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For some people, asking for a glass of juice is a monumental task.
Individuals with autism, dementia, traumatic brain injuries, stroke, cerebral palsy and other conditions have a hard time communicating with others in the usual way. The two women who own AAC etc. consult with these people-along with their teachers, caregivers and case workers-to find devices and apps that can help, then show them how to use the tools.
Amanda Whipple, 28, and AnneMarie Hamelin, 35, say there are firms around the country just like theirs-devoted to sniffing out the latest resources for augmentative and alternative communication-but they believe theirs is the only one in Western and Central New York.
The two are certified speech language pathologists and work at a local non-profit. Last summer they started talking about launching a business of their own to help their peers sort through what had become an almost overwhelming variety of new tools of the trade. In the fall they filed for a dba and built a website. Today they run the business out of their homes and on the road. New clients come on board every month-schools, group homes, nursing homes, hospitals and agencies.
The iPad and other tablet computers have revolutionized speech language pathology. Hundreds of apps are available for tablet users, and more are released every day. Whipple and Hamelin help families and professionals sort it all out, spending a couple of hours each day researching the newest options. May is Better Hearing and Speech Month, and the two have been snapping up deals on apps to try.
Apps can help users build sentences by clicking pictures and words on a computer tablet. There are apps to boost vocabulary and apps to develop phrasing. There are puzzle apps that appeal to people with limited finger mobility: Just drag a puzzle piece on the screen to fit it into place.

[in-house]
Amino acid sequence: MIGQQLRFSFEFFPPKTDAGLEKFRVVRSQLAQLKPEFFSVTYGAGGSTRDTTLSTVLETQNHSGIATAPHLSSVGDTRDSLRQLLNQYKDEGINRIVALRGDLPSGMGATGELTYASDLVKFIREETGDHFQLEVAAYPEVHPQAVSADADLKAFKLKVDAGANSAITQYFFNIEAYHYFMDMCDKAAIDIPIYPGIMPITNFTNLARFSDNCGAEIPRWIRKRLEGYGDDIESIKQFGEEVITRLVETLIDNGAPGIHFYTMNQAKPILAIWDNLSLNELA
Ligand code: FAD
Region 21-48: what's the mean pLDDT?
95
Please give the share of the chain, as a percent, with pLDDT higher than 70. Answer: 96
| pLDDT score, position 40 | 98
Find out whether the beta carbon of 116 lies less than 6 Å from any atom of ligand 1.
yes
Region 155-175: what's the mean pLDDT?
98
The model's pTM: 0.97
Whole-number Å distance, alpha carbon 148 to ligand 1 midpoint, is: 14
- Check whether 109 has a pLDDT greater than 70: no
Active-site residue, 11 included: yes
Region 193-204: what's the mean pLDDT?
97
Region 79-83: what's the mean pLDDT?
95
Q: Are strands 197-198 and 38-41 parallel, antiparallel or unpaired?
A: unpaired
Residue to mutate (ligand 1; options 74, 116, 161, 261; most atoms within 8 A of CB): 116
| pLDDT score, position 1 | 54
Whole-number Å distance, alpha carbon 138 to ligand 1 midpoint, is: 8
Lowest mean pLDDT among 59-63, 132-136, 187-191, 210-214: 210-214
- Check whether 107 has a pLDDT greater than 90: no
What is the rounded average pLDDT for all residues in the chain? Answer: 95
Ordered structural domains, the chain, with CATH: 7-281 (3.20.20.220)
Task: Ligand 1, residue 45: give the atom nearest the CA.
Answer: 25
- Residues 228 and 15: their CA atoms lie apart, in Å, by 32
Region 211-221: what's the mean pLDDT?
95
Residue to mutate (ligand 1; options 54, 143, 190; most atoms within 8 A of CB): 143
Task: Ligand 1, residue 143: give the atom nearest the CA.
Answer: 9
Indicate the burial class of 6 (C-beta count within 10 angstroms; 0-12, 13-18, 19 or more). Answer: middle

Some apps, like medication reminders, help dementia patients stay organized; others flex memory muscles. Reminder apps use photos to take users through the steps of a task, such as preparing coffee in the morning.
AAC's workshops, tailored to different communication needs like autism and dementia, cover how to find and use apps. Response from families, educators and health care professionals has been enthusiastic. Speech language pathologists tell them they leave ready to get started right away. Parents of autistic children tell them tablet apps break down a huge communication barrier.
"It's very rewarding (for them)-almost a relief," Hamelin says.
In one school district, they met with a student and came up with a communication plan using Web-based tools. His speech pathologist, who like many of her peers has a heavy case load and little time to research new offerings, praised their thorough evaluation and told them the plan fit her student perfectly.
Not long ago, speech language pathologists lugged around boxes, games and workbooks to work with their clients, Whipple says. Those have largely been replaced by online offerings. But some traditional speech devices remain the best choice for some clients; physicist Stephen Hawking, whose motor neuron disease prevents him from speaking, uses the Dynavox, activated by a switch that is operated by eye movement. AAC etc. keeps up with the latest on tried-and-true options like this, Whipple says.
Hamelin graduated from Nazareth College with a B.S. in speech pathology in 2000 and earned an M.A. in communication sciences and disorders at SUNY College at Geneseo the following year. Whipple has B.A. degrees in psychology and communication sciences and disorders from SUNY College at Fredonia and an M.S. in the latter from Nazareth.
Most of their work is done on site with clients, but Hamelin and Whipple would like eventually to have an office with a conference room and a loan closet for donated tablets, so clients could try devices and apps before buying. Joining forces with a game apps developer also could become part of the company's work, Hamelin says.
As new clients come on board every month, the two expect to leave their full-time jobs soon-along with the security of regular paychecks and benefits. But both say it's time.
"I feel like we have to do it now while we're young and motivated-and while there's a need for this," Whipple says.
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